This comes to mind:
    “Groupthink: A good way to define this term is to tell you how Irving Janus (the main researcher on this topic) describes it. Janus (1972) said that groupthink is “a deterioration of mental efficiency, reality testing, and moral judgment that results from in-group pressures.” Essentially, people within a group become so consumed with the group, maintaining group cohesiveness, and doing what is important for the group that they themselves lose their ability to think independently and make good, sound judgments. There are quite a few symptoms and causes of groupthink, but it is important to know what groupthink is and that it has been used to explain a variety of tragic events throughout history such as, mass suicides (like the Heaven’s Gate suicides), poor political decisions (like the Bay of Pigs invasion), riots, and more.


    Settling down?
    So far the disruption has been masked/minimized by the boom in genre ebook sales. The real disruption is just now starting…

  8. We regularly see these articles about how the industry should react, and how everyone should join hands for the common good. But that’s not the lesson from history. When times get tough, members of an industry double-down on their own self-interest. They may sing Kumbayah at a conference, but it’s all lip-sync.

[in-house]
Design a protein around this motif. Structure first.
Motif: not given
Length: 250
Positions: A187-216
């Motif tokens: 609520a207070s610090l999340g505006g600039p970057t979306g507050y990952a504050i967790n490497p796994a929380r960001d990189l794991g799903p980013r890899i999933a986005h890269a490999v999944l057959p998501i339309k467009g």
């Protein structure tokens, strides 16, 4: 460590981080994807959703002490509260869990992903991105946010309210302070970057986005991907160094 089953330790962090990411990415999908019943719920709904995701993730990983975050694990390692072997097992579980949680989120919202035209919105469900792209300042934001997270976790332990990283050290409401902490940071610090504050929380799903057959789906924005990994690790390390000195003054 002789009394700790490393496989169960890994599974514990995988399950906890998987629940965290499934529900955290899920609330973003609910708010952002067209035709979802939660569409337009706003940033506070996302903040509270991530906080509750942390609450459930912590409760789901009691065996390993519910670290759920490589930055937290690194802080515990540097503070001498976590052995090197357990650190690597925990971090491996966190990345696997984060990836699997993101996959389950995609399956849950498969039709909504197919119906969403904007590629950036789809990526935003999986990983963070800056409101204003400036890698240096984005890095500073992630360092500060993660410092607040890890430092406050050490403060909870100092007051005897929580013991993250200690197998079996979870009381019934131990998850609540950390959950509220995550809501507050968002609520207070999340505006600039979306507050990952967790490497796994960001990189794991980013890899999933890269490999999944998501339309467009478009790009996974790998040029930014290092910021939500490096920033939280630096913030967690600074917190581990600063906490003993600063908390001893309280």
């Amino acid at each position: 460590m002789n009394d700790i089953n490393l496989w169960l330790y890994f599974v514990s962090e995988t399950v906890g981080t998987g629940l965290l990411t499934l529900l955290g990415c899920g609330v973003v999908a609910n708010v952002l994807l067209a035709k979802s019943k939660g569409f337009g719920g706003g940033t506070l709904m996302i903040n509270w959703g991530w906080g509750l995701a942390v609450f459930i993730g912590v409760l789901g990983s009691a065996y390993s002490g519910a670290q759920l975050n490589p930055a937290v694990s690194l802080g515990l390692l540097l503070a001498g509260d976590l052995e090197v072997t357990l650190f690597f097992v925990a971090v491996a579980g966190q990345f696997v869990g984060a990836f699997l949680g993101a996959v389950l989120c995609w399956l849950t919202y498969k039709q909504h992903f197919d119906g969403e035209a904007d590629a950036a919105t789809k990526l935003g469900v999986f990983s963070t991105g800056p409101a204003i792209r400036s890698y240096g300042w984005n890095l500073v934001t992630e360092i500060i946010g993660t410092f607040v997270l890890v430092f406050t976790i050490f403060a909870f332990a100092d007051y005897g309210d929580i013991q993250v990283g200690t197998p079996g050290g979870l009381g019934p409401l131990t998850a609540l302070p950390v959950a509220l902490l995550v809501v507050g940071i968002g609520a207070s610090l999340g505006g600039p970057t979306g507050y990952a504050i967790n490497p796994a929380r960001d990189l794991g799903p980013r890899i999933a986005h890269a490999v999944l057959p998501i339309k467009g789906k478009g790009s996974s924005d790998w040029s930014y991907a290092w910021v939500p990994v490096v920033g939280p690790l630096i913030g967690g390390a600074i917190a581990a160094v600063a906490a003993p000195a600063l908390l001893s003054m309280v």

9. We’re at the point where the real drop off in print revenues start to kick in. I’m watching Barnes & Noble closely because the day they close their brick & mortar doors (and that day’s a lot closer than most people realize) is going to set off a chain reaction that halves industry print revenues in the matter of a few years. Digital revenue will continue to grow, but not at rates that offset the print drop. There are some who seem to be breathing a little sigh of relief and acting like they’ve survived the worst of it, but the real upheaval hasn’t even started yet. The worst thing publishers could have done was the price fixing and print protectionist strategies that slowed down the initial ebook burst. They’re going to need the higher margins on those sales even more in the not-too-distant future, and they willing handicapped more widespread adoption of digital at its crucial early stages. They cut their long-term throats to protect the short term status quo.